New work and premieres of all sorts dominate the season's stage offerings. | News | Pittsburgh | Pittsburgh City Paper

New work and premieres of all sorts dominate the season's stage offerings.

Recent Broadway hits, new work by locally based talents and more.

James Keegan in A Skull in Connemara, Sept. 11-28.
James Keegan in A Skull in Connemara, Sept. 11-28.

The season's roster of plays has a distinct tilt toward new and recent work. That means a ton of local premieres — always good news for theater fans.

A 2012 Broadway hit, for instance, kicks things off for City Theatre: Vanya and Sonia and Masha and Spike (Oct. 12-Nov. 3), by City favorite Christopher Durang, concerns a wild, comic family reunion between dull, middle-aged siblings and their movie-star sister. City follows with Ted Dykstra and Richard Greenblatt's 2 Pianos 4 Hands (Nov. 30-Dec. 22), a new-to-Pittsburgh two-actor romp about childhood friends pursuing their dream of concert-piano stardom.

A play that made a New York splash in 2011 was Stephen Adly Guirgis' The Motherfucker With the Hat, a gritty comedic drama about gritty New Yorkers. barebones productions, which staged Guirgis' Jesus Hopped the ‘A' Train last year, has the Pittsburgh premiere (Nov. 21-Dec. 8).

Two local premieres are much belated. No Pittsburgh troupe has yet staged A Skull in Connemara, the darkly comic 1997 whodunnit by Irish bad-boy auteur Martin McDonagh (The Lieutenant of Inishmore). Pittsburgh Irish & Classical Theatre corrects that omission with a production starring nationally credited actor James Keegan (Sept. 11-28). And the University of Pittsburgh Stages the Pittsburgh premiere of Venus, Pulitzer-winner Suzan-Lori Parks' 1996 work about the African woman who 200 years ago was exploited in British freakshows as the Hottentot Venus (Oct. 24-Nov. 3).

One highlight of the 2011 season was City Theatre's production of Madeleine George's thought-provoking Precious Little. Now George's 2010 play Zero Hour — an "almost-love story" about two women in Queens — premieres locally at Off the Wall Theater (Oct. 25-Nov. 9). The troupe then locally premieres Well, the critically acclaimed 2006 work by Lisa Kron (2.5 Minute Ride) (Dec. 13-28).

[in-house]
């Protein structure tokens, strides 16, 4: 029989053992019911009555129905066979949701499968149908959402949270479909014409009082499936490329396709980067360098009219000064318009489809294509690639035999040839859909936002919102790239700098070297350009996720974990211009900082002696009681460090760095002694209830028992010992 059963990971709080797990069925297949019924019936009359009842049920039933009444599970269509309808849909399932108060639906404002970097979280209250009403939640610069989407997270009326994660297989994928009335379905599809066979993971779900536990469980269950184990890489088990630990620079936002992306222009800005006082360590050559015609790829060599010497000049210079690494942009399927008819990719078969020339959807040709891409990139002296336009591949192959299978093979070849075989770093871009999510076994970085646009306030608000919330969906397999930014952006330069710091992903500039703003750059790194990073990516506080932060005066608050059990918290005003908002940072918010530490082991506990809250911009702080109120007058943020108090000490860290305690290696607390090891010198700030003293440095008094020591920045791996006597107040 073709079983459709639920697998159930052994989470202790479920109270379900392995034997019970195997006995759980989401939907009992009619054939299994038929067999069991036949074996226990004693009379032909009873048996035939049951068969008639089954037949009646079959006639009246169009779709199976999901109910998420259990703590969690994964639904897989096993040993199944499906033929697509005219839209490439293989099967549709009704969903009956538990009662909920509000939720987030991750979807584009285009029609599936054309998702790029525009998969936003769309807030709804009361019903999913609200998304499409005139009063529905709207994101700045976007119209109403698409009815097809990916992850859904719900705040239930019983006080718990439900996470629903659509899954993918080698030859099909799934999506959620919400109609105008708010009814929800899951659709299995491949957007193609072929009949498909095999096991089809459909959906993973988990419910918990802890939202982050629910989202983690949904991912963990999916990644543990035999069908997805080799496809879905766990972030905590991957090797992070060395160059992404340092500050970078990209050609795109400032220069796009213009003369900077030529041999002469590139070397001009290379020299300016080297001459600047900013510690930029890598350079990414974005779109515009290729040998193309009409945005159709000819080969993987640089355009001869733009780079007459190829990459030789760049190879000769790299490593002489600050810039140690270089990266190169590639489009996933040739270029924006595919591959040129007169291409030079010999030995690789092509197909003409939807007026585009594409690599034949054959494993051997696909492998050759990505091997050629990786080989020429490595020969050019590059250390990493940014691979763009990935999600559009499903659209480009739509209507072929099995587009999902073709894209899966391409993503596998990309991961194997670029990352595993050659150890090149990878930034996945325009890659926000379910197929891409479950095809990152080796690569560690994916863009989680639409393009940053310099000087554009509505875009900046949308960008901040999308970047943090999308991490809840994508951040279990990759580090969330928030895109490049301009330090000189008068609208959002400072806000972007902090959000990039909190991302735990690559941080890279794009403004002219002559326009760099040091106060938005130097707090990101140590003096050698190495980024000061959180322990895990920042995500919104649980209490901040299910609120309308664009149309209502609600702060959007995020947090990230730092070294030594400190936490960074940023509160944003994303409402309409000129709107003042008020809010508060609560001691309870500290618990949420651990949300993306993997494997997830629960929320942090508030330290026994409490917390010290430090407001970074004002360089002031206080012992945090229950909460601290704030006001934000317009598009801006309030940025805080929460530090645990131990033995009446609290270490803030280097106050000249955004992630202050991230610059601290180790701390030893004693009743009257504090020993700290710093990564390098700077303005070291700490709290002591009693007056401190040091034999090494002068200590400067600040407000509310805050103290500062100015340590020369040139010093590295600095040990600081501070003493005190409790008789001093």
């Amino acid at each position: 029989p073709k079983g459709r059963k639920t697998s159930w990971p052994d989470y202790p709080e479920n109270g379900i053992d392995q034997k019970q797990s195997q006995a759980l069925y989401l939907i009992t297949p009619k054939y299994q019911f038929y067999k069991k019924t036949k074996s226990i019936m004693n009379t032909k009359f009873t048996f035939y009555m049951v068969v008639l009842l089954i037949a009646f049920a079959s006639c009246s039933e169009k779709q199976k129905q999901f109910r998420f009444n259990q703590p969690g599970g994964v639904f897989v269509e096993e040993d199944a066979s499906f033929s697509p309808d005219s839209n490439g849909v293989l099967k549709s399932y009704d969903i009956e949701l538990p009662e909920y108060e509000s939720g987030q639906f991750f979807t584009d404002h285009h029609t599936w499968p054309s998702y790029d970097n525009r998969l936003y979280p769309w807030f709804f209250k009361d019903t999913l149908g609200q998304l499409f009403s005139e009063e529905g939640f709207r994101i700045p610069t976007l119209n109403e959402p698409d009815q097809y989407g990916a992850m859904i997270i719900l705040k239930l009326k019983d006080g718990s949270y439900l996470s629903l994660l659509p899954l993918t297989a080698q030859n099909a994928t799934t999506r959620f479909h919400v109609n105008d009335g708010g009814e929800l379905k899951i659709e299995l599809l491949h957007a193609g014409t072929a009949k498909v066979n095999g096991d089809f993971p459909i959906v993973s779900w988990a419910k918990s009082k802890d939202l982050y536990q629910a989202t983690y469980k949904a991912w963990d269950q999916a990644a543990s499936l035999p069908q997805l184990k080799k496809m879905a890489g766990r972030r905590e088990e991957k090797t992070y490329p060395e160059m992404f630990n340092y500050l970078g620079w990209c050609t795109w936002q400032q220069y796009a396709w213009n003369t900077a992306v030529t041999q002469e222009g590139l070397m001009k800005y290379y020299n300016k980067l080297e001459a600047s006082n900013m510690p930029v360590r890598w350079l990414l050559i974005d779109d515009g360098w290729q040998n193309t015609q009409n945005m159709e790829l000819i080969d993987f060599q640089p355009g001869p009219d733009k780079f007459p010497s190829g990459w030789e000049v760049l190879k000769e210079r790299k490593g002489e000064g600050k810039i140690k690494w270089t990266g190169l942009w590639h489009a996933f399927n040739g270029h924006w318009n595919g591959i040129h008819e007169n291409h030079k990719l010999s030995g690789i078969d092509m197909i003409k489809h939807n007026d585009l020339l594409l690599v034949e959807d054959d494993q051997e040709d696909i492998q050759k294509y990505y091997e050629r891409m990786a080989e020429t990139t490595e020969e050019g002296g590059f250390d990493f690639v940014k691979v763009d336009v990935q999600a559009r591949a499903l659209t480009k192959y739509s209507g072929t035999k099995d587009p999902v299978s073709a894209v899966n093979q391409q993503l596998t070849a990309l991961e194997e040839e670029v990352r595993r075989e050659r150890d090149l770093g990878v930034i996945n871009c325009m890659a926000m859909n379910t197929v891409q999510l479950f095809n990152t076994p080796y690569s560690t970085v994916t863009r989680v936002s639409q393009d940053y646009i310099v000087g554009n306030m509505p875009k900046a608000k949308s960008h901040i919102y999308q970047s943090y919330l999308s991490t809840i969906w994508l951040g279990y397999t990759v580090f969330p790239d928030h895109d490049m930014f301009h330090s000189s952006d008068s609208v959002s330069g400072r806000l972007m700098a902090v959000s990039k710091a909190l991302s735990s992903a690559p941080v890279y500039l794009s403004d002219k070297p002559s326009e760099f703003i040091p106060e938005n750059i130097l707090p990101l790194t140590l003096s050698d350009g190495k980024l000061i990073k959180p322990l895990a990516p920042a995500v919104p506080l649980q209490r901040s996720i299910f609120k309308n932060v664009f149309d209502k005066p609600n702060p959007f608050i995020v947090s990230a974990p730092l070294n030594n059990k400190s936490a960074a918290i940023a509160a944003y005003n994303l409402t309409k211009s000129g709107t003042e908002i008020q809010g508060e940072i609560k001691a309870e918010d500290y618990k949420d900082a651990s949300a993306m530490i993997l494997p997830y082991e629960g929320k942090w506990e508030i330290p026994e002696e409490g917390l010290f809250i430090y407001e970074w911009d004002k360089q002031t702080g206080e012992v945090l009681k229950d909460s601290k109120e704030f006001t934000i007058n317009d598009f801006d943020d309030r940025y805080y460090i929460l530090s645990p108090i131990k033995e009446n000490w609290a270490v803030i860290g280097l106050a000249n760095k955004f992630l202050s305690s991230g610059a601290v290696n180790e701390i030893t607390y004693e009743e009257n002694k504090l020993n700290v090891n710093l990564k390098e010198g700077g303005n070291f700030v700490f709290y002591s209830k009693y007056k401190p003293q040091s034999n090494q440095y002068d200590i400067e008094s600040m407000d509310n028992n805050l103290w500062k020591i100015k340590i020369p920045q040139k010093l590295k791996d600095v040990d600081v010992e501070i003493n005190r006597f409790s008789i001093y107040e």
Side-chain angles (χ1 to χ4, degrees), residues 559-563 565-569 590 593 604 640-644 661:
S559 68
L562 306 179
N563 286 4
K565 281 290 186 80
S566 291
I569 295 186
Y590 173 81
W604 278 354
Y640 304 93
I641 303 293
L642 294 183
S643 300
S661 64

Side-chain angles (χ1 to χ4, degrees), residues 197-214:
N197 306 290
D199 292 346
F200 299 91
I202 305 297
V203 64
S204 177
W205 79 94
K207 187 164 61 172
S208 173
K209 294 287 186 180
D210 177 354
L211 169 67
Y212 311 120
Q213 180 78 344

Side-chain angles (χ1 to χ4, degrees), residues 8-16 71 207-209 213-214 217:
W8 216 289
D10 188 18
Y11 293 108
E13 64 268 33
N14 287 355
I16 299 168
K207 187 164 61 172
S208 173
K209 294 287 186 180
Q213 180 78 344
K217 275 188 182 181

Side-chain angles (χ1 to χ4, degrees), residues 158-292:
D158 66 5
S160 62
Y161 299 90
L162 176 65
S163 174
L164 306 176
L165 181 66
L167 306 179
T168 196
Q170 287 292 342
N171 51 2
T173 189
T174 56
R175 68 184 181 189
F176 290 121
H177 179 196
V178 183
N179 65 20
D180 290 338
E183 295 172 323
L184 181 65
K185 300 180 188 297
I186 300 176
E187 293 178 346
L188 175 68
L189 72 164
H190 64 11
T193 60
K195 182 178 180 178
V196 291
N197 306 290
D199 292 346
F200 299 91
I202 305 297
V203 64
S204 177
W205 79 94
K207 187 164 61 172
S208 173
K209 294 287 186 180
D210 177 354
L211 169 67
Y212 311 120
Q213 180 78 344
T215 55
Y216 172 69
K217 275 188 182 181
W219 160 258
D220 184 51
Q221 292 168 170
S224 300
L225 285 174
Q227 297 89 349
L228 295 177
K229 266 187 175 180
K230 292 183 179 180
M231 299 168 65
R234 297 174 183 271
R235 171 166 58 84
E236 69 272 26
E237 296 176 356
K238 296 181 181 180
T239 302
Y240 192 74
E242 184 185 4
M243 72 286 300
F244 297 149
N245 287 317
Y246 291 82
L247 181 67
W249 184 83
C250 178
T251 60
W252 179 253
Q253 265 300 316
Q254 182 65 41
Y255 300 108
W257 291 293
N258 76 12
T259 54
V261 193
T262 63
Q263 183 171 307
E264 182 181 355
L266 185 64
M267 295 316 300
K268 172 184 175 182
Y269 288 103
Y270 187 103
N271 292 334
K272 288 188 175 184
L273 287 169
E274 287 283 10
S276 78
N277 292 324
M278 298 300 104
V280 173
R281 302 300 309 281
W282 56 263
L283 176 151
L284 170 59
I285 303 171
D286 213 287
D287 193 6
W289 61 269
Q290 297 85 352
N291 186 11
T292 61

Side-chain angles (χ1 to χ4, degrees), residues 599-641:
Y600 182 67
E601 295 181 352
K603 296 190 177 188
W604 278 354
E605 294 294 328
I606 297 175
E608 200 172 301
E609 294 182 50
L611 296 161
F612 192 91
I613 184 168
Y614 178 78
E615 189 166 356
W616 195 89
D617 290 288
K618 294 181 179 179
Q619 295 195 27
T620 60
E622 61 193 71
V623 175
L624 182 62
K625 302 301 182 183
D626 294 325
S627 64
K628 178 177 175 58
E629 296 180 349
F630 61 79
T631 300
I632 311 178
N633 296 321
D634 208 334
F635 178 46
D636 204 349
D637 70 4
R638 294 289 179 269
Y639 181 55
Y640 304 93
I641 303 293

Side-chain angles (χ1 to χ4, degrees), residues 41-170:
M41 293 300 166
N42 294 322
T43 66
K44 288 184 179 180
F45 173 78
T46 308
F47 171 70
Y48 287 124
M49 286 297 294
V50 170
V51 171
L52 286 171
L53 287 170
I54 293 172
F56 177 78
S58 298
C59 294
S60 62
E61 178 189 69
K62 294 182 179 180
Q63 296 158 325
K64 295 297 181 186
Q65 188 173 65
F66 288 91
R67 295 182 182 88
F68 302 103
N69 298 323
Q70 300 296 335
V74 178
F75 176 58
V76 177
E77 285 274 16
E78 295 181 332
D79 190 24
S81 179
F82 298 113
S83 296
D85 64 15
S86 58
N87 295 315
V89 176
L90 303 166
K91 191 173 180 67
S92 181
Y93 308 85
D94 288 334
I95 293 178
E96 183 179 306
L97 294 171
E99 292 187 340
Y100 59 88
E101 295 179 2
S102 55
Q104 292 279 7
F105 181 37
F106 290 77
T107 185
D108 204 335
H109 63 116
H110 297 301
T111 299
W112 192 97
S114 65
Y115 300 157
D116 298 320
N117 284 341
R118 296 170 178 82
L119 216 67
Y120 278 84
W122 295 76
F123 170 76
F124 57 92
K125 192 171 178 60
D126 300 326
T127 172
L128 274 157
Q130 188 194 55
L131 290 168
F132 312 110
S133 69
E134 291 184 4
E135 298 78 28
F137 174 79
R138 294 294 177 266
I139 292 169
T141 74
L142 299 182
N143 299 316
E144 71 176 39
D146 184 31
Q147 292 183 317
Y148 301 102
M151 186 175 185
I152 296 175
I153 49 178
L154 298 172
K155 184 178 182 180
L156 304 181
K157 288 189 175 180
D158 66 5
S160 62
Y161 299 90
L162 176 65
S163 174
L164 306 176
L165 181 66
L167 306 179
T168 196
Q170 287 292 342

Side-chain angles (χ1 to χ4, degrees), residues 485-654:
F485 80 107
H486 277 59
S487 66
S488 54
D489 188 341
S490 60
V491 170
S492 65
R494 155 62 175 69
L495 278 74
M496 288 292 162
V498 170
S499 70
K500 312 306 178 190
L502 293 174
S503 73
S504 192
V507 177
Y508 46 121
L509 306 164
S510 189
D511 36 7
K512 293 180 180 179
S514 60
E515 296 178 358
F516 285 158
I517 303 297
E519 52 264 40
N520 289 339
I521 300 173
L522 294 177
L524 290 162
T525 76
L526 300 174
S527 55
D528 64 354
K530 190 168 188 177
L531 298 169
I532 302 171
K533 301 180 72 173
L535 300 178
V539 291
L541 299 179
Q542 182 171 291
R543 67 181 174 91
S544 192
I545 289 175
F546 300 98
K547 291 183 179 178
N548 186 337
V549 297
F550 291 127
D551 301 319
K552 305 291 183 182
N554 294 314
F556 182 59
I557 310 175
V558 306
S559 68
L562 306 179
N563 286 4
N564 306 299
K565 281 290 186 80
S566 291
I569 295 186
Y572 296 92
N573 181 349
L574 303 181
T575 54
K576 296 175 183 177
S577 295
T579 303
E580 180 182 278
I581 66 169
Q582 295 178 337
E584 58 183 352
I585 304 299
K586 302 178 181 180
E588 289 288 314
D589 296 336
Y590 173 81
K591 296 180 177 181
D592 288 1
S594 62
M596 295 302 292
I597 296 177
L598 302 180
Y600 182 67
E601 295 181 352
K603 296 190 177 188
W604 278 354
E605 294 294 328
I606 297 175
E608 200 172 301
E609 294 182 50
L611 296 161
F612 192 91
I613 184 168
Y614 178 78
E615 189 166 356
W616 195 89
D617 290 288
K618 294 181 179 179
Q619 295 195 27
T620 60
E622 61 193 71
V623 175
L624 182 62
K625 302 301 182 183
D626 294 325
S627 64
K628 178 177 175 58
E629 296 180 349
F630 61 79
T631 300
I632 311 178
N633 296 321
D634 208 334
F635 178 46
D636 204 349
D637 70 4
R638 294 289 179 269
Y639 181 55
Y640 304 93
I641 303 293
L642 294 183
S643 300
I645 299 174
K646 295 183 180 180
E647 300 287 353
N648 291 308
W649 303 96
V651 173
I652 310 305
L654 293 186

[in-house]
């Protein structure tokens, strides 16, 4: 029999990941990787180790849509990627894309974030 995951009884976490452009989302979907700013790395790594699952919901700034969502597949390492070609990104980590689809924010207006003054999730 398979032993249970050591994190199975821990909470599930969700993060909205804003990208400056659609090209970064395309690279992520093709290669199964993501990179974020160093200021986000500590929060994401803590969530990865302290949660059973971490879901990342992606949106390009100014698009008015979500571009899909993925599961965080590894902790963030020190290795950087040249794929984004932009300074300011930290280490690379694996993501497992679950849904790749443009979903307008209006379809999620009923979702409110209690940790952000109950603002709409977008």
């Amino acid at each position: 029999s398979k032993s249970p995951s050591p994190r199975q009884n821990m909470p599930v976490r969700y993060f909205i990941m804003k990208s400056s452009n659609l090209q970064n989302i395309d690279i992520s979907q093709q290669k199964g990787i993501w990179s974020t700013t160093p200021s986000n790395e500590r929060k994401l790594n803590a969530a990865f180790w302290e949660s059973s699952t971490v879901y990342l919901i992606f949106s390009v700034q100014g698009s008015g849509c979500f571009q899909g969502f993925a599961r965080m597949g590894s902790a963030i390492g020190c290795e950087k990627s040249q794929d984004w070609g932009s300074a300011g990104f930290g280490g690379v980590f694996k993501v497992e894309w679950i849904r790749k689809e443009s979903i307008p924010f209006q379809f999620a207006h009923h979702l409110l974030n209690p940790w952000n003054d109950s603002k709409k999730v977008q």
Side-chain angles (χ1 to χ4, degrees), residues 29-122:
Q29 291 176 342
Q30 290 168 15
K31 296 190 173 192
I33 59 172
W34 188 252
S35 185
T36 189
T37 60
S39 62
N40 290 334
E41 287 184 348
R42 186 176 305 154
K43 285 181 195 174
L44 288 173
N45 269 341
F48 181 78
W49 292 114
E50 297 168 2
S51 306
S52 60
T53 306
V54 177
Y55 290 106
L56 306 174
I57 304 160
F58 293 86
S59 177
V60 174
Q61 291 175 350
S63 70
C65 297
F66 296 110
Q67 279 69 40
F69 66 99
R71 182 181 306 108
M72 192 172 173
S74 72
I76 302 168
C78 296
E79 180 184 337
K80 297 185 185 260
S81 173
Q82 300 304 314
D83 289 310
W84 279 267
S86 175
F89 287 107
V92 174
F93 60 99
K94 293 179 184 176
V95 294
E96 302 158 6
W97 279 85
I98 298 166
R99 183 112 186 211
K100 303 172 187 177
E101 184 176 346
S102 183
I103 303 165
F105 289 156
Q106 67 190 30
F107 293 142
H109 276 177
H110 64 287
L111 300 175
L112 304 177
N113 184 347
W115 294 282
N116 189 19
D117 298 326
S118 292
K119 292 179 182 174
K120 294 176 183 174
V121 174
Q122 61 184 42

Playwright Jez Butterworth is hot following a 2012 best-play Tony for Jerusalem. Now, Quantum Theatre stages the area's first look at Parlour Song (Nov. 1-24), an earlier work by Butterworth, that examines bland suburban affluence undercut by "illicit desires ... painful memories ... mysterious occurrences and downright eerie disappearances."

One of Pittsburgh's most honored (and prolific) resident playwrights is back, as Point Park's REP stages the world premiere of Tammy Ryan's Soldier's Heart (Sept. 26-Oct. 13). Ever tuned to social issues, Ryan (Lost Boy Found in Whole Foods) here explores the psychological scars of a soldier returning home from the Iraq war to life as a mother.

Some of the season's newest plays are the world-premiere one-acts in the Pittsburgh New Works Festival (continuing through Sept. 29), and the commissioned, holiday-themed one-acts in Pittsburgh Playwrights' annual Theatre Festival in Black and White. But surely the oldest to bow this season is Is He Dead?, Mark Twain's farce about a starving artist who masquerades as a woman — written in 1898, first published in 2003 — is onstage at Little Lake Theatre Co. through Sept. 21. Classic stories receiving theatrical reboots include Jeffrey Hatcher's new adaptation of Henry James' ghost story The Turn of the Screw, at Prime Stage Theatre (Nov. 1-10).

All the premieres notwithstanding, you can slake your thirst for classics, too. Arthur Miller's All My Sons (through Sept. 22) and The Crucible (Oct. 3-12) are on the boards at the REP and Carnegie Mellon Drama, respectively. Pittsburgh Public Theater begins its "Masterpiece Season" with Thornton Wilder's Our Town (Sept. 26-Oct. 27) — featuring Tom Atkinson as the Stage Manager — and Sam Shepard's True West (Nov. 14-Dec. 8). And Point Park's Conservatory will try to get your toe tapping with Oklahoma! (Oct. 18-27). Even the wacky doings at Bricolage Productions' Midnight Radio include the troupe's reprise of Orson Welles' epochal radio drama War of the Worlds (Oct. 24-Nov. 9).

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